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About The Book

A rare mix of wit, social satire, and suspense, along with characters who leap from the page to speak directly to the reader, As Husbands Go is a moving story about a love that just won't give up.

Call her superficial, but Susie B Anthony Rabinowitz Gersten assumed her marriage was great—and why not? Jonah Gersten, MD, a Park Avenue plastic surgeon, clearly adored her. He was handsome, successful, and a doting dad to their four-year-old triplets. But when Jonah is found dead in the Upper East Side apartment of second-rate “escort” Dorinda Dillon, Susie is overwhelmed with questions left unanswered. It’s bad enough to know your husband’s been murdered, but even worse when you’re universally pitied (and quietly mocked) because of the sleaze factor. None of it makes sense to Susie—not a sexual liaison with someone like Dorinda, not the “better not to discuss it” response from Jonah’s partners. With help from her tough-talking, high-style grandma Ethel, who flies in from Miami, she takes on her snooty in-laws, her husband’s partners, the NYPD, and the DA as she tries to prove that her wonderful life with Jonah was no lie.

Susan Isaacs brilliantly turns the conventions of the mystery on end as Susie Gersten, suburban mom, floral designer, and fashion plate, searches not so much for answers to her husband's death as for answers to her own life.

Reading Group Guide

This reading group guide for As Husbands Go by Susan Isaacs includes an introduction, discussion questions, and ideas for enhancing your book club. The suggested questions are intended to help your reading group find new and interesting angles and topics for your discussion. We hope that these ideas will enrich your conversation and increase your enjoyment of the book.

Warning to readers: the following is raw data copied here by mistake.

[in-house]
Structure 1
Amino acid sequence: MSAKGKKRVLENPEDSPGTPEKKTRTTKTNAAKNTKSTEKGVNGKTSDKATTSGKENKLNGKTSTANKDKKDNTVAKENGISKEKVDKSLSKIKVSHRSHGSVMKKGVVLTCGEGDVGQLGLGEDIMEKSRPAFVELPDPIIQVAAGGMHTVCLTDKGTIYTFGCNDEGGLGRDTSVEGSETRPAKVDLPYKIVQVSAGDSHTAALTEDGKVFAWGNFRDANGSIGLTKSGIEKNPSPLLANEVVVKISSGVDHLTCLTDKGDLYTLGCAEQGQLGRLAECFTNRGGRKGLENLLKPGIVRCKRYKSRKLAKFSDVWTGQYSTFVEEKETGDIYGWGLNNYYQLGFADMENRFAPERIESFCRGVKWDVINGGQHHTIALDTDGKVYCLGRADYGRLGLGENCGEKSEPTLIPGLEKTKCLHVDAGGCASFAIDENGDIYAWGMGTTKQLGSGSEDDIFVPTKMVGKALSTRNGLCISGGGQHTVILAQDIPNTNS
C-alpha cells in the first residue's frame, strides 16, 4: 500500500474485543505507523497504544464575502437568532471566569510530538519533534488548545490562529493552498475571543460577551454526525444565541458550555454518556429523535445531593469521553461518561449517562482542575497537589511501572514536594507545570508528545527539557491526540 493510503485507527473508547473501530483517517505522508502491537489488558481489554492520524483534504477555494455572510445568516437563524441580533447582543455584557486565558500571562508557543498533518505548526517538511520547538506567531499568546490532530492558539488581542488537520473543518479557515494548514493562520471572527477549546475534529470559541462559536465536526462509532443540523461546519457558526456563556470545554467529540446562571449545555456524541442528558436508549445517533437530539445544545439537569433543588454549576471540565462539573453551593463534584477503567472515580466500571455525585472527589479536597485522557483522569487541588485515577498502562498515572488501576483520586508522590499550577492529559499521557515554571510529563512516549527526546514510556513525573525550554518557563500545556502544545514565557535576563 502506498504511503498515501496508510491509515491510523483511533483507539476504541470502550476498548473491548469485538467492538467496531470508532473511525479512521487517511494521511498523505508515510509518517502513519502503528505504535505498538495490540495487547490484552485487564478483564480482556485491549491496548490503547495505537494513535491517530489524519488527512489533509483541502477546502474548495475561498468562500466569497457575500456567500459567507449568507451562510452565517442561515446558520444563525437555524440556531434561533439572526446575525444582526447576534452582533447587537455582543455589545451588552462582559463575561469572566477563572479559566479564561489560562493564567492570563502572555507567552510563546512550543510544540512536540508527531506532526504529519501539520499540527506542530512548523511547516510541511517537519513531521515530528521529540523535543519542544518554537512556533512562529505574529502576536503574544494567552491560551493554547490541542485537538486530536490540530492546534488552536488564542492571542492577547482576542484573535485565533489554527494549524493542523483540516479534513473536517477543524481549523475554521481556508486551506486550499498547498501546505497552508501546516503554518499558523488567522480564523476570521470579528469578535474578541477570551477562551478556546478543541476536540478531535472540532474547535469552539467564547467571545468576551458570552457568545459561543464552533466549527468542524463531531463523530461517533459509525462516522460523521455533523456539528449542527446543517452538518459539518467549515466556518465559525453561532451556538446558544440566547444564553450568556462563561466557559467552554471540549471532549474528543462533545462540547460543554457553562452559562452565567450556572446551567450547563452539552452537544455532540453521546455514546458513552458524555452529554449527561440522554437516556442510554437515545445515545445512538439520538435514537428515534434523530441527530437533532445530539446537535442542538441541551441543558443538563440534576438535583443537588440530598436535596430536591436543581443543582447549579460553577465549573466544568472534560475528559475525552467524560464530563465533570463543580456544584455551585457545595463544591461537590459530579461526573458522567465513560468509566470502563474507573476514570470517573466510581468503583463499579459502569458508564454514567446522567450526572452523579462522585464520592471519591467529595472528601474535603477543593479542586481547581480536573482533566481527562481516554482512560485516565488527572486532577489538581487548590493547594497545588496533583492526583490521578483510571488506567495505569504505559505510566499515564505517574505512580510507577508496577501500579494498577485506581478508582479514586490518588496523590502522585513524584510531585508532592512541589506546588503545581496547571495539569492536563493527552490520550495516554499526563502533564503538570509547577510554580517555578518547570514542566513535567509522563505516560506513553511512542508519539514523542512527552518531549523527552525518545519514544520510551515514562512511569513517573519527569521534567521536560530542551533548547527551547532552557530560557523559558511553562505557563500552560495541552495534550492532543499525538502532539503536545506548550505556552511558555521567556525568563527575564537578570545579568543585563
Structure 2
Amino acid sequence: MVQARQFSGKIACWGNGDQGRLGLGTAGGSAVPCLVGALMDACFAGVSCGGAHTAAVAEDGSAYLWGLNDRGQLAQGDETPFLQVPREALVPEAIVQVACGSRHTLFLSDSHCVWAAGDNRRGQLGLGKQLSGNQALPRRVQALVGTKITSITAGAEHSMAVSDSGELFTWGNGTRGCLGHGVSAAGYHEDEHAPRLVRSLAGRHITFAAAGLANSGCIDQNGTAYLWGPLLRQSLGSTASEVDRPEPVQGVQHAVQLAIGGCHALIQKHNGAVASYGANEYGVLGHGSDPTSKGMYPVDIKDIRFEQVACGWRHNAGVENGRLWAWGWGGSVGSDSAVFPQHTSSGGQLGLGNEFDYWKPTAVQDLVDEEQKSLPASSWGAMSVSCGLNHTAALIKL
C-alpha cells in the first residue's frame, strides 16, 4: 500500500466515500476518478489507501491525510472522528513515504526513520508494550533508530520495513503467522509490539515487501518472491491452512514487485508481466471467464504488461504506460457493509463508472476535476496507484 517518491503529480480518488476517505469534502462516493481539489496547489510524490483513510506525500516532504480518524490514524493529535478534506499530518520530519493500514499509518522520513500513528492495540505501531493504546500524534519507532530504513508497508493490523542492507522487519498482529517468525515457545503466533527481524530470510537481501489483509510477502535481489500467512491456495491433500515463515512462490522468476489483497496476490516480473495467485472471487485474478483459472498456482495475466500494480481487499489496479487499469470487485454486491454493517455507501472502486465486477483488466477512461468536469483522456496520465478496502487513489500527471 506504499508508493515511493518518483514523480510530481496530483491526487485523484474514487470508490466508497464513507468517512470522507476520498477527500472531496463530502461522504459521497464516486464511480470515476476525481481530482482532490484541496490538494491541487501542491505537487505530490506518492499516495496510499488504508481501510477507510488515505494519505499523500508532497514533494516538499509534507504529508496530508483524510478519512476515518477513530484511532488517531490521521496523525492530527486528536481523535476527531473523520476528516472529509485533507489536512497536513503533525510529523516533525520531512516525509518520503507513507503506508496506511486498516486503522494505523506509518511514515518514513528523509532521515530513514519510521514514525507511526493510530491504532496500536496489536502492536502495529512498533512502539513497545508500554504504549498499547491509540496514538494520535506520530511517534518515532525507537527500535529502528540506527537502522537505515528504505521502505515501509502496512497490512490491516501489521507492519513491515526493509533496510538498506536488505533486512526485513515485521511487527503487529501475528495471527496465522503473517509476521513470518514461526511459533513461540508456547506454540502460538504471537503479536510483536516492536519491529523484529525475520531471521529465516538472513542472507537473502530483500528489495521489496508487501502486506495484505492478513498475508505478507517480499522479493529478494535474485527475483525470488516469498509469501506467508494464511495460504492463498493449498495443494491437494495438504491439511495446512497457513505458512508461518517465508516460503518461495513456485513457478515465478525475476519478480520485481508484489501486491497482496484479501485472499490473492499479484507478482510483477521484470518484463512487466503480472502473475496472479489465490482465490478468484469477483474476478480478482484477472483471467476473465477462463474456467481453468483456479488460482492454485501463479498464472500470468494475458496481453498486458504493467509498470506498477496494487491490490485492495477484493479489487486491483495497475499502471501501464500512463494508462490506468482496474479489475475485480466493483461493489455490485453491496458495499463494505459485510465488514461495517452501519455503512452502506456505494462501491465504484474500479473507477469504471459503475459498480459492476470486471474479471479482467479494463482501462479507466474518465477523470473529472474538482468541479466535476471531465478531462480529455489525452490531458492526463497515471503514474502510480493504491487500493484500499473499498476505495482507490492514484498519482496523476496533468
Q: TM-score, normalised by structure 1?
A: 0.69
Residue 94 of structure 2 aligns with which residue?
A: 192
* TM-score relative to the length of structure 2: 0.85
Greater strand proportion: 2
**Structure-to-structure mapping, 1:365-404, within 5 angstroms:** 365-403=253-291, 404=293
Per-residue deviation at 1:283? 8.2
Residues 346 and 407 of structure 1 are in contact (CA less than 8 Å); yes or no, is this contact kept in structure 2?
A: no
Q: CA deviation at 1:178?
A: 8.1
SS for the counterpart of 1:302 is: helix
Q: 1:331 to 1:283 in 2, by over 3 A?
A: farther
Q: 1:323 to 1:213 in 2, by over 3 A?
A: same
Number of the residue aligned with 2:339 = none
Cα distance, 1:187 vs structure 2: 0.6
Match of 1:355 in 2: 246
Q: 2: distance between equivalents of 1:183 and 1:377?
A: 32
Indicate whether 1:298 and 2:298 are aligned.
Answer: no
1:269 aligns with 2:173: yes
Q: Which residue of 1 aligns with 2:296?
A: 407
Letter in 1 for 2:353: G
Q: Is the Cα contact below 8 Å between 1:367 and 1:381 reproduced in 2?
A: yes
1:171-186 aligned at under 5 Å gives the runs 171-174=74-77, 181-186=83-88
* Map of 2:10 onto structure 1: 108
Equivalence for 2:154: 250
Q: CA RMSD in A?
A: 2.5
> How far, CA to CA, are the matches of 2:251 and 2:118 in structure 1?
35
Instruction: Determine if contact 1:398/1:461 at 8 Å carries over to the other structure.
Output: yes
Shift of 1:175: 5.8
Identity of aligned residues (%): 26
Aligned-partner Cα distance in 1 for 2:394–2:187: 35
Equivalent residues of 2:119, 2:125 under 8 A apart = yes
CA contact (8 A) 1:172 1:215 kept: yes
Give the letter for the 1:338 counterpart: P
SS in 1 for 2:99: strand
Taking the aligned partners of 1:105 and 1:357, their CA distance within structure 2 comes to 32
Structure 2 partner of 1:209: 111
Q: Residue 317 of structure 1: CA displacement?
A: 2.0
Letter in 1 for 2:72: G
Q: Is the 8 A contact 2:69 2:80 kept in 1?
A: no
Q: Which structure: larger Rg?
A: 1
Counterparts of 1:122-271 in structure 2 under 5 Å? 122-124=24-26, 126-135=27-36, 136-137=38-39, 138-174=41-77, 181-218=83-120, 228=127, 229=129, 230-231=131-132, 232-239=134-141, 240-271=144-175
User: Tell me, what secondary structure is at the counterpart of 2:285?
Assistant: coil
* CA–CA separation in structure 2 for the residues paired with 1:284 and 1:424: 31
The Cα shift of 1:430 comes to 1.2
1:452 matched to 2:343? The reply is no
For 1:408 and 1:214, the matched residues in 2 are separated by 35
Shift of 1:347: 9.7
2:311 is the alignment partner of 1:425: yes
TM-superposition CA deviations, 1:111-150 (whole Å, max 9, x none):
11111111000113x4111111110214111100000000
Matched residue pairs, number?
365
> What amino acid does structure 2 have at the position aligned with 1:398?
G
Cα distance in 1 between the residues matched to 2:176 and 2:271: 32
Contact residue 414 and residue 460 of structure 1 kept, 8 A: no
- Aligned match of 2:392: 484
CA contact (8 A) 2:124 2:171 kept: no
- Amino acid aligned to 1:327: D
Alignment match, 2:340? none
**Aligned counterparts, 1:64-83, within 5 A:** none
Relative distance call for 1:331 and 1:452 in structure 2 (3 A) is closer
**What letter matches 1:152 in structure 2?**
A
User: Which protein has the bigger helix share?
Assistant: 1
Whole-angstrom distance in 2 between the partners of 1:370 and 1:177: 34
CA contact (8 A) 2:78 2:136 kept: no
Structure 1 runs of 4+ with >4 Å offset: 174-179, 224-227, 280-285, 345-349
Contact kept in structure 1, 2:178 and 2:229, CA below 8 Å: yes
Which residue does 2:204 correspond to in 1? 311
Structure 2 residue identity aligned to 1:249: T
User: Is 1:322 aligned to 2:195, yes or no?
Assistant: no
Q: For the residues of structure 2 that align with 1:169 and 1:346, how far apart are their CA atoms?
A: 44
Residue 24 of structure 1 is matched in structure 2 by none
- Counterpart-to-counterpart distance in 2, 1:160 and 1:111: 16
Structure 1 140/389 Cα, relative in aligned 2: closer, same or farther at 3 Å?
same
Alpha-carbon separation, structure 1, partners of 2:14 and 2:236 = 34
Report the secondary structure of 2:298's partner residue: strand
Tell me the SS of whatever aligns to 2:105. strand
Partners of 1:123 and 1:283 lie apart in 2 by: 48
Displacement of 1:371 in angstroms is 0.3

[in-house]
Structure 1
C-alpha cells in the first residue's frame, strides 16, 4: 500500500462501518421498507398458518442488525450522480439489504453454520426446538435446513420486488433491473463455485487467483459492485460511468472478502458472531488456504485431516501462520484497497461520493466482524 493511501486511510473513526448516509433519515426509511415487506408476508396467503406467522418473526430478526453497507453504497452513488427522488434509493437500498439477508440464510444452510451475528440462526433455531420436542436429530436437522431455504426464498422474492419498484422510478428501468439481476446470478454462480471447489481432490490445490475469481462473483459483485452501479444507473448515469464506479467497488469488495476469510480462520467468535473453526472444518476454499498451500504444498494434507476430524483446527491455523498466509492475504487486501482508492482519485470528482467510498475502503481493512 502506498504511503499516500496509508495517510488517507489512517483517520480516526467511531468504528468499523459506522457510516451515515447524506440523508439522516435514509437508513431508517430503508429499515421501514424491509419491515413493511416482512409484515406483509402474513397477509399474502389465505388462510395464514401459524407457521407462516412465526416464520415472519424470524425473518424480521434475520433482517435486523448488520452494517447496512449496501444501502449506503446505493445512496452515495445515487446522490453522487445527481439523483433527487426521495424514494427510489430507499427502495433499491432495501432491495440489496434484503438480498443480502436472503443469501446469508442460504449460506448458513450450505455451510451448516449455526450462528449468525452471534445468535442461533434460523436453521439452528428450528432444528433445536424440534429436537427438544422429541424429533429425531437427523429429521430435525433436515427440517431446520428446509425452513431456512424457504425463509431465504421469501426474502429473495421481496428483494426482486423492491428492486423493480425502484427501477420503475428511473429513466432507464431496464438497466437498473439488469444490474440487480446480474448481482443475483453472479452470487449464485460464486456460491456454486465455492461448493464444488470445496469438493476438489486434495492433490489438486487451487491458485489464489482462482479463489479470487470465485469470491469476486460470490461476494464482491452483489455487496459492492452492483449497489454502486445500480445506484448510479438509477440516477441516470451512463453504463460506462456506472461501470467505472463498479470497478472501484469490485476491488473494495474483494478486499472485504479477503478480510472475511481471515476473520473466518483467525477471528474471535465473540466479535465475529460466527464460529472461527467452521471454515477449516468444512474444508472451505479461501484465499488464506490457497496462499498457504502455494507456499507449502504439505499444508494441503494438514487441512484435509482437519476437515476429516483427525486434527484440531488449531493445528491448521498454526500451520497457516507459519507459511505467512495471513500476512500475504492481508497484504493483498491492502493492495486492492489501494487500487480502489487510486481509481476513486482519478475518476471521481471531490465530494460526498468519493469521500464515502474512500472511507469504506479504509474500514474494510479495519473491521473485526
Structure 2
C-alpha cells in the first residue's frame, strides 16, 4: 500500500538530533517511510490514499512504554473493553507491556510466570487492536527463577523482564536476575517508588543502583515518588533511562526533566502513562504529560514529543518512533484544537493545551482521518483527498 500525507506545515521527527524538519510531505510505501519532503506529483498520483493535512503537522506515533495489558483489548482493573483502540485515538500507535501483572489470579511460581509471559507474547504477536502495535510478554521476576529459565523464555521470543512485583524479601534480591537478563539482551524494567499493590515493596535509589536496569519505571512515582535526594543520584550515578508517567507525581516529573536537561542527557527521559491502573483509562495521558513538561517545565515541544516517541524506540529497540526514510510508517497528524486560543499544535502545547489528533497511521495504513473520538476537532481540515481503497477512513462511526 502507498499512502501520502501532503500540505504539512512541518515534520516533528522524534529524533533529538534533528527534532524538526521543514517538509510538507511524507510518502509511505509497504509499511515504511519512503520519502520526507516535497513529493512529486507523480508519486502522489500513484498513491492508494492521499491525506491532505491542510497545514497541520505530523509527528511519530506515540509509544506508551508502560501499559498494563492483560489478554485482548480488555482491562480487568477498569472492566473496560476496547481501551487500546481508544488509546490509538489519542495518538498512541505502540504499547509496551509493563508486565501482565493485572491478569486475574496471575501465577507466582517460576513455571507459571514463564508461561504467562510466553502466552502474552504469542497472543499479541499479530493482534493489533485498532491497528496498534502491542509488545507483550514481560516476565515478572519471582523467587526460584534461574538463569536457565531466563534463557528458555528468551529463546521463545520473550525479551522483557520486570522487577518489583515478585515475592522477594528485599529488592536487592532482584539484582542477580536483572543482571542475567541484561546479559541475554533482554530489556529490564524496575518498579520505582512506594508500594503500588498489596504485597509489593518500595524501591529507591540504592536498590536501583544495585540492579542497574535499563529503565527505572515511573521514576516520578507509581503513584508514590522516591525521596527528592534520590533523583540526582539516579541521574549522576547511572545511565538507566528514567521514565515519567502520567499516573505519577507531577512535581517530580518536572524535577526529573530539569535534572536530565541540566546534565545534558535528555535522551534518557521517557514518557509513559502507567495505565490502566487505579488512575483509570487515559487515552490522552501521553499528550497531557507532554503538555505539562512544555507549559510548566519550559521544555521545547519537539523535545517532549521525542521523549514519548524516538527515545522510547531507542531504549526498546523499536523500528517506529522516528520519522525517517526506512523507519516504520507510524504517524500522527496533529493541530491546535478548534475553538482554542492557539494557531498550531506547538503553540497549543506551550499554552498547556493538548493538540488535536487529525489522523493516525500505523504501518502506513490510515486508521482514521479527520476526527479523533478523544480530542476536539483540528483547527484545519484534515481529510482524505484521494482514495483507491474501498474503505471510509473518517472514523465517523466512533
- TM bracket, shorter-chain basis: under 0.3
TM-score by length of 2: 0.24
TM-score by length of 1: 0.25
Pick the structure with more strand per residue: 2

When renowned Park Avenue plastic surgeon Jonah Gerston is found stabbed to death in the apartment of a second-rate call girl, his wife, Susie, is left with a lonely McMansion in a tony Long Island suburb, fatherless four-year-old triplets, and a host of nagging questions about her charming, successful, and seemingly loyal husband. The product of a modest Brooklyn upbringing who climbed her way up the social ladder into the world of Manolo slingbacks and antique bergère chairs, Susie had always felt secure in both her marriage and her posh lifestyle. But now, with tabloid reporters crowding her manicured lawn and the police convinced they have an open-and-shut case, she is left questioning everything she's ever believed in. But she’s also got a gut feeling that all is not what it seems.

Luckily for Susie, her plucky, glamorous, and long-estranged grandmother Ethel has suddenly emerged, ready to take on the NYPD, the D.A., Jonah's intolerable parents, and his former business partners, who would all rather just sweep this scandal under the rug. Their eagerness becomes a bit suspicious. With Ethel in tow, Susie embarks on a quest to reveal the truth about her husband's murder, hoping to find a way to validate her past and forge a new future.


Questions for Discussion

1)      Early in the book, Susie reflects on her personal growth, or lack thereof, since the death of her husband: “Maybe I’m still shallow, just deluding myself that after all that’s occurred, I’ve become a better person” (p. 2). How does Susie's character progress through the novel? Do you think that everything she has endured has made her a better person?

2)      Jonah’s friends, family, and colleagues all seem surprised that he might be cheating on his wife, and they repeatedly describe him as decent, honorable, and kind. What was your gut feeling about Jonah’s murder from the very beginning? Did you believe that he had been buying the services of this prostitute, and did your impressions change at all as you were reading? Why or why not?

3)      Susie seems to have always taken unabashed pleasure in her happy marriage, while her friend and business partner Andrea views her own marriage it as a vehicle to the lifestyle that she wants. Compare and contrast Susie and Andrea’s views on their husbands and marriage in general. Do you think Susie married for money, and simply chanced upon happiness with Jonah?